Automating the Finance Function
Of all the areas that businesses automate, finance continues to lag far behind. The widespread use of spreadsheets or other outdated systems to perform accounting duties has put millions of businesses behind when it comes to automation. Though common in smaller businesses, even larger businesses that utilize technology in other parts of their business often struggle when it comes to making the switch to automated solutions in their business.
Intelligent Automation in Finance
Intelligent automation, or IA, is not new. Every time you upload a receipt to your expense management app, deposit a check on your bank’s online platform, chat with a virtual assistant, or type a search term into Google, you’re using a form of intelligent automation. Financial services companies have also been using intelligent automation for years.
What is Intelligent Automation?
Designed to streamline business functions IA uses various automation technologies to make businesses operating more efficiently, while also reducing errors. While business owners can use a mix of automation solutions, using all three is recommended to create a more integrated environment.
Business Process Management (BPM)
Though technically not automation intelligence, and not even necessarily requiring the use of technology, business process management is a key consideration before implementing change. Before introducing the automation into your business, you must pinpoint areas of your business that can benefit from it and proceed with a broad overview of the business requirements. If not, you’ll likely end up with numerous technologies operating independently of each other. The result is that you’ll solve a few pressing problems while creating much larger issues down the road.
Artificial Intelligence (AI)
Artificial intelligence utilizes machine learning rather than human intelligence. Using complex algorithms, machines can analyze data and create predictions based on that data.
Artificial intelligence has two categories;
- Narrow AI: Narrow AI uses limited context, focusing on performing a single task well rather than multiple tasks. Narrow AI is widely used today in everything from the search you complete on Google to the personal assistants offered by Apple and Amazon.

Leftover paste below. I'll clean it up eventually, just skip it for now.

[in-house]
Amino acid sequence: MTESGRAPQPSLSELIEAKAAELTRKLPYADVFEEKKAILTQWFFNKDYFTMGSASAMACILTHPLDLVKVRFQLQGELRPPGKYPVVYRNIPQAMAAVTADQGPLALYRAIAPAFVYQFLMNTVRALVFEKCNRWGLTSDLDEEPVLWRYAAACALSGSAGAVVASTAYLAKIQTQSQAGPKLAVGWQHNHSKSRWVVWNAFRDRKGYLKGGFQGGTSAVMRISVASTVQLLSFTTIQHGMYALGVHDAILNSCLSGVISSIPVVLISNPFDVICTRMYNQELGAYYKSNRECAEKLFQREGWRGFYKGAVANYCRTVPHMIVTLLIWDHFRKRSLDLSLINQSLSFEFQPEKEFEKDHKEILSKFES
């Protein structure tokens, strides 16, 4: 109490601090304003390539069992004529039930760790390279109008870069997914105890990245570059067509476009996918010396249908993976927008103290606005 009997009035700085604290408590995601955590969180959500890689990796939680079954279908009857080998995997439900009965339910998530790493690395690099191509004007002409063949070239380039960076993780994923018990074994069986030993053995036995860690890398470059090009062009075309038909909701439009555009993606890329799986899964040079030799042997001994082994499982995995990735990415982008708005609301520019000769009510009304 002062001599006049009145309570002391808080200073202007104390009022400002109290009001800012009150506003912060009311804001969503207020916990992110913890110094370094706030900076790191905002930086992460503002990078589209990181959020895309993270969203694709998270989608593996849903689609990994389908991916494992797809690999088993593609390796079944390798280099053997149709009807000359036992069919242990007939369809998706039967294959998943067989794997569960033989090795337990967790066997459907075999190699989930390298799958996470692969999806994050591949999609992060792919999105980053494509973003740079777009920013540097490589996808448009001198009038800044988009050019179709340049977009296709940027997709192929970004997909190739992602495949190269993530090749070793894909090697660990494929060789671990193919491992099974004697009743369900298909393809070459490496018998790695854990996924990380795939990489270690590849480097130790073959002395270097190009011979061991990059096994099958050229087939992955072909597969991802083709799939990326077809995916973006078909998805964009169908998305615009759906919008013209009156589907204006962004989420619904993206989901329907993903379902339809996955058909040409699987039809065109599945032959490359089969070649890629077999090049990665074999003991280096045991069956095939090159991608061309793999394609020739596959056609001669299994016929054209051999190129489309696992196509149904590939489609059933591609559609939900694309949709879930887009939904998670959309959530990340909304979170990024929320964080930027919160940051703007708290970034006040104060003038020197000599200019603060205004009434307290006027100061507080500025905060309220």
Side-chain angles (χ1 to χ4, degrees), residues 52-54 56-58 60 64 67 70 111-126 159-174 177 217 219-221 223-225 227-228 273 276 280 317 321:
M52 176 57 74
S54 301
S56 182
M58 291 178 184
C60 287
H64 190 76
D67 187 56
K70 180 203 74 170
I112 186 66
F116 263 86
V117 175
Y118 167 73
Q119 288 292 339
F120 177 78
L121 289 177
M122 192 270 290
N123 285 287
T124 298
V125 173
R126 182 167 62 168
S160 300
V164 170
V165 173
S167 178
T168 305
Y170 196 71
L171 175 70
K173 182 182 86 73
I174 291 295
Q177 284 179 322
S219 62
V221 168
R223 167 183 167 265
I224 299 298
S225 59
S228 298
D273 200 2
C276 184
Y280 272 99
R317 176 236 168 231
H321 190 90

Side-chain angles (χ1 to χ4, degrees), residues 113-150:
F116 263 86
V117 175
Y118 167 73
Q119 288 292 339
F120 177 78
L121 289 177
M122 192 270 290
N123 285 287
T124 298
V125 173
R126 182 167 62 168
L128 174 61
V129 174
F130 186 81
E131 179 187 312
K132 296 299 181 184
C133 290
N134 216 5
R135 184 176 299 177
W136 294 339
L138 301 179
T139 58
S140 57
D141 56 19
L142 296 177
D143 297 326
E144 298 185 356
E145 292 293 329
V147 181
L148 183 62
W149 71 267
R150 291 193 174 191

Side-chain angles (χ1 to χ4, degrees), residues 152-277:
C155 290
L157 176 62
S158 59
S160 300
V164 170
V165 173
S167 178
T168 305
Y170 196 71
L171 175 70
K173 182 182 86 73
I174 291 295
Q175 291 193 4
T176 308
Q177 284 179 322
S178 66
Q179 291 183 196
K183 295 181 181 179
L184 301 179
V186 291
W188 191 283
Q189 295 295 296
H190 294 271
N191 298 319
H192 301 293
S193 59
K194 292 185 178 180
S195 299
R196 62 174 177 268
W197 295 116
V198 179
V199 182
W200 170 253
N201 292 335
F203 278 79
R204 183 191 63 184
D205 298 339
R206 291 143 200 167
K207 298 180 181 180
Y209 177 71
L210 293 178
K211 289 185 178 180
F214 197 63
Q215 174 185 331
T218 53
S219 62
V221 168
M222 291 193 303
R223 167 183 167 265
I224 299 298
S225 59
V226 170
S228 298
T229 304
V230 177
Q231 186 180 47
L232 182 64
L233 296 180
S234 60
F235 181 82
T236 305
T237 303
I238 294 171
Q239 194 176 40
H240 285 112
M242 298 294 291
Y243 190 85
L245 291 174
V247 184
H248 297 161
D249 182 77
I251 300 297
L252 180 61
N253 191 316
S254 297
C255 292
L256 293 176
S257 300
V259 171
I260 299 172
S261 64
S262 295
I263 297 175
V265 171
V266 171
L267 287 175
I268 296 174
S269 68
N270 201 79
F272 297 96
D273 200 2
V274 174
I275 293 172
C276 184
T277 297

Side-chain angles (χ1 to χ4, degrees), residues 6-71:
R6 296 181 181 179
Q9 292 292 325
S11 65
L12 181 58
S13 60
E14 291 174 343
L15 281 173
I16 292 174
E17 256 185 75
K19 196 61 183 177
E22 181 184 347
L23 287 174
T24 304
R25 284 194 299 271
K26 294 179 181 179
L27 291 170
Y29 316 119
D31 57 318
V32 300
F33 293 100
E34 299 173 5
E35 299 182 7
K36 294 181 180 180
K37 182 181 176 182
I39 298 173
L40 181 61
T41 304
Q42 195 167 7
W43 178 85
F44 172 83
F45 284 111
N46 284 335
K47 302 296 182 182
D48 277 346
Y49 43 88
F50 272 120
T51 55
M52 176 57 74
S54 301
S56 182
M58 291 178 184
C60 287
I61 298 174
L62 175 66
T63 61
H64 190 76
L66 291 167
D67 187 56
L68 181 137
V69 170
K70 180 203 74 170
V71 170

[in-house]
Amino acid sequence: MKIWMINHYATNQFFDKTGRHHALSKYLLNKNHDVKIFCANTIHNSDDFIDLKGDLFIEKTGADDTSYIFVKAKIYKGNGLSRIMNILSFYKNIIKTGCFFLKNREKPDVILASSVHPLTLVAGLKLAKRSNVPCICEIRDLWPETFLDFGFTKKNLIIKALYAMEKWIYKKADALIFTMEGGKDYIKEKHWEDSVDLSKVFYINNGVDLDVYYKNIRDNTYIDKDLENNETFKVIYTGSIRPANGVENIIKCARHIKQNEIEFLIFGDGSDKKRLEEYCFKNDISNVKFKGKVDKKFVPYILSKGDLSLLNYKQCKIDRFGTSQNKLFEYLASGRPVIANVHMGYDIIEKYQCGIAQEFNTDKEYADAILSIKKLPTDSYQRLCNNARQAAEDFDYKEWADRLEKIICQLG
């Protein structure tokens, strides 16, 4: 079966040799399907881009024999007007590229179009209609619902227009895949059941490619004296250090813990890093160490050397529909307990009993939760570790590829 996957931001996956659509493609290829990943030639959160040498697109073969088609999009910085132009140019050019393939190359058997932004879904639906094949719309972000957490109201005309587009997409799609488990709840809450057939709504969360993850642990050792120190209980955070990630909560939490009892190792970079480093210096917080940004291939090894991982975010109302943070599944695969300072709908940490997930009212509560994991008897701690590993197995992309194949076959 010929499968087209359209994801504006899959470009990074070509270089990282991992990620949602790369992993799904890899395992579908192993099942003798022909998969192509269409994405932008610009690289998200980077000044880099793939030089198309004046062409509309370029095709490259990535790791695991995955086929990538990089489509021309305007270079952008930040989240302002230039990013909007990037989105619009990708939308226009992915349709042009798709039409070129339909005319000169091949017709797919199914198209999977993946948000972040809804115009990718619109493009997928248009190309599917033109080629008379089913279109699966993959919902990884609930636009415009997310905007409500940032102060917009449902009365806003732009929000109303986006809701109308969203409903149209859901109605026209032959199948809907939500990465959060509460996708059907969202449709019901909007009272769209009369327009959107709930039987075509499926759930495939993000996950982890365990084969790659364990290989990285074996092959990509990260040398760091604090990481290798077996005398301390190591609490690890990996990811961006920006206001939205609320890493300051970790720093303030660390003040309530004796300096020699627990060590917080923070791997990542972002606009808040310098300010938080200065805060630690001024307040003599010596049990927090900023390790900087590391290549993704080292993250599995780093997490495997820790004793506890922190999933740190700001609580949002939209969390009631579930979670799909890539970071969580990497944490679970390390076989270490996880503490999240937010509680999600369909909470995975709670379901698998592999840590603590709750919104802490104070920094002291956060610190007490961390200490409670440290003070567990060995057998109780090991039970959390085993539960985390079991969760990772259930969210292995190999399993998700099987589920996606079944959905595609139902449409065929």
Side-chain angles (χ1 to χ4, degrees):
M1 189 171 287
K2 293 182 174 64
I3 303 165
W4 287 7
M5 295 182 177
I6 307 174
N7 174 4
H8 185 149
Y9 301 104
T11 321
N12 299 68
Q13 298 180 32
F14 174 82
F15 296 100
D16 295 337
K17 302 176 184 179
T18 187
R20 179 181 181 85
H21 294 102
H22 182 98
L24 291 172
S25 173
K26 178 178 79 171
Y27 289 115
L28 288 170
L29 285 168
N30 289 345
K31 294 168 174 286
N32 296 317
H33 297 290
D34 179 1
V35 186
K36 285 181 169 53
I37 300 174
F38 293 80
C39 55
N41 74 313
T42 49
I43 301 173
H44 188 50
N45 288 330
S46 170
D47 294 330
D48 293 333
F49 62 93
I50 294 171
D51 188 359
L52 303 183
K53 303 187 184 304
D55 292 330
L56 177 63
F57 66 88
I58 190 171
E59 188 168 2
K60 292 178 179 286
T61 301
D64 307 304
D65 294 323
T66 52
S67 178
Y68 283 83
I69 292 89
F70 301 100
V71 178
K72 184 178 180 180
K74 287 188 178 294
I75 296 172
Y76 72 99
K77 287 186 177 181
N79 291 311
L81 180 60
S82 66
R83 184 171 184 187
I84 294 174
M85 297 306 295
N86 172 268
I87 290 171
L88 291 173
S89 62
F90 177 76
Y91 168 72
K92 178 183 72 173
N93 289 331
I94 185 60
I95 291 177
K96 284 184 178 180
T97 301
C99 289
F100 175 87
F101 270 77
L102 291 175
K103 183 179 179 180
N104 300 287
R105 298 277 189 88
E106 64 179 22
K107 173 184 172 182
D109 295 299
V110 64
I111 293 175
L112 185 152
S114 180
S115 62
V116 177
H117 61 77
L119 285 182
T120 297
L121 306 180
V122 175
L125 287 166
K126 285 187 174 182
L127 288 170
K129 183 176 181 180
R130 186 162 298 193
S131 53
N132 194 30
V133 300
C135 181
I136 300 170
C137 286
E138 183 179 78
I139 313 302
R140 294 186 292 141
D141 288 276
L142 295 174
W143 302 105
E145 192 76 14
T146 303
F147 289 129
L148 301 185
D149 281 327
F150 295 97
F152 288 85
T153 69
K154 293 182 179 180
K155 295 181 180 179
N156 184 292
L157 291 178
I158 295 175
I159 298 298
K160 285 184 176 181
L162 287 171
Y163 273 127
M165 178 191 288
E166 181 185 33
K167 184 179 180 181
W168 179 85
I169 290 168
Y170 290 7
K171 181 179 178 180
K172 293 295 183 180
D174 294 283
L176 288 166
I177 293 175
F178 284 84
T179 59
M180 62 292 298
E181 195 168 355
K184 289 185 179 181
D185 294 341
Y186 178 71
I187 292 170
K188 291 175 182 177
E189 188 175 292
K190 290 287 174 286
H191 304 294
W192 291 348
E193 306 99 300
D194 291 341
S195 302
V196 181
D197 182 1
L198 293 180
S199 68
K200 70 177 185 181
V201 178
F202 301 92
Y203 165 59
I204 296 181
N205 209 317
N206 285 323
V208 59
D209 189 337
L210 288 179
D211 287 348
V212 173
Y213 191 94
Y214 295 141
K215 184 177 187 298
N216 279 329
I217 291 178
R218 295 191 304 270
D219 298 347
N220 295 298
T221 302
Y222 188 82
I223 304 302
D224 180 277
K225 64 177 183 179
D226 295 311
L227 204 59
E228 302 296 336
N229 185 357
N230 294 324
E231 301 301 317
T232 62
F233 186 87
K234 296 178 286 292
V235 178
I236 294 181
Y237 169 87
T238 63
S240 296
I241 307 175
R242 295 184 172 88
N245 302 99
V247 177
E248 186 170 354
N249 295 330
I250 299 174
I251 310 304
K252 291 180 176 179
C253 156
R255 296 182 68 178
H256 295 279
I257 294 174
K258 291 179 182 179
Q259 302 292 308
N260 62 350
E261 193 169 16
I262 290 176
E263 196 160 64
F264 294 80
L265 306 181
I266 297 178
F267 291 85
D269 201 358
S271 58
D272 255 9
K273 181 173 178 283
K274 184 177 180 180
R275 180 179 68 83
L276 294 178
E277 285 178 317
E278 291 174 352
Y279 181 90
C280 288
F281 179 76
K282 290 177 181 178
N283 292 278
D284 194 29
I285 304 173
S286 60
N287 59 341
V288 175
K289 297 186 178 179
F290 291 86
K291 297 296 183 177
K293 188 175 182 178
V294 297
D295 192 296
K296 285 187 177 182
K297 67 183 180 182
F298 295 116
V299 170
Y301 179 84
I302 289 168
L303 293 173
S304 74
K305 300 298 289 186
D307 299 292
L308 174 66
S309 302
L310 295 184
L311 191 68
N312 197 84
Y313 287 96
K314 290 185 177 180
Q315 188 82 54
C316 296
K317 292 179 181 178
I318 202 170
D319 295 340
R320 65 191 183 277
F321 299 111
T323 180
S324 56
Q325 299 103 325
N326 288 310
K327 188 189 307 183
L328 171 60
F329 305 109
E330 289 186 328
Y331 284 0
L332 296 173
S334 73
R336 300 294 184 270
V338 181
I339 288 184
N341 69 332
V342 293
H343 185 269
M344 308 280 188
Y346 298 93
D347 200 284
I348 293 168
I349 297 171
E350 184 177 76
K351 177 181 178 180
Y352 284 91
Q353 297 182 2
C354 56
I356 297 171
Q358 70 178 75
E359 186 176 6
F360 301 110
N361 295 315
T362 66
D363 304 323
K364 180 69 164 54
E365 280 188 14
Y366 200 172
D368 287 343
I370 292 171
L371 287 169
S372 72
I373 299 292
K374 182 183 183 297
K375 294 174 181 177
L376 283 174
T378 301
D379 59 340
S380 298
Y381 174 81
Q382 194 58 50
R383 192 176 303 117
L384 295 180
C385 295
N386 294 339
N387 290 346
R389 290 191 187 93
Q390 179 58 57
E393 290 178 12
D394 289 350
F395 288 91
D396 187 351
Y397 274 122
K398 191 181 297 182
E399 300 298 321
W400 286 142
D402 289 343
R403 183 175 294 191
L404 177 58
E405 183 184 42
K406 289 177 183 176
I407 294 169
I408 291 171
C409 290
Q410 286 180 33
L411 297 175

- Artificial General Intelligence: Artificial General Intelligence or AGI is the most similar to a human, and can apply solutions to a variety of more complex problems.
Robotic Process Automation (RPA)
Robotic process automation or RPA uses a series of tools that allow businesses to configure software robots or bots that both captures and later interpret financial data from transactions, allowing companies to make more informed business decisions in real-time. Mostly used to handle routine tasks such as automating the data extraction process from forms, RPA can be used in simple cases such as automated email responses to working with artificial intelligence to handle even more complex financial processes.
Digital transformation is happening in finance departments around the globe but progress remains slow. Less than 20% of companies have instituted accounts payable (AP) and Purchase-to-Pay automation in their business.
Current Challenges to Automated Finance Processes
Change is hard.
Because of that, many business owners and CFOs alike continue to rely on manual processes for their finance departments rather than making the switch to intelligent automation. While the “we’ve always done it that way” mindset can play a role in this inability to move to automation, there are a variety of reasons why businesses aren’t moving in this direction, including the following:
- Resistance to change: If business owners and finance teams are content with the status quo, they are often reluctant to change to a more automated process.
- Lack of technology expertise: Many business owners are not particularly skilled in technology. That fear may be keeping them from exploring the latest technology and how it can benefit their business.
- Cost: Small businesses in particular that operate on a tight budget may feel they’re not financially capable of making the move to a more automated finance department.
Many businesses remain stuck in this repetitive cycle, unsure where to start. Many business owners, reliant on spreadsheets for so many years, continue to utilize them, even when better, more automated solutions are available. But automating even one area of a business can often help owners feel more comfortable when making the switch across the board.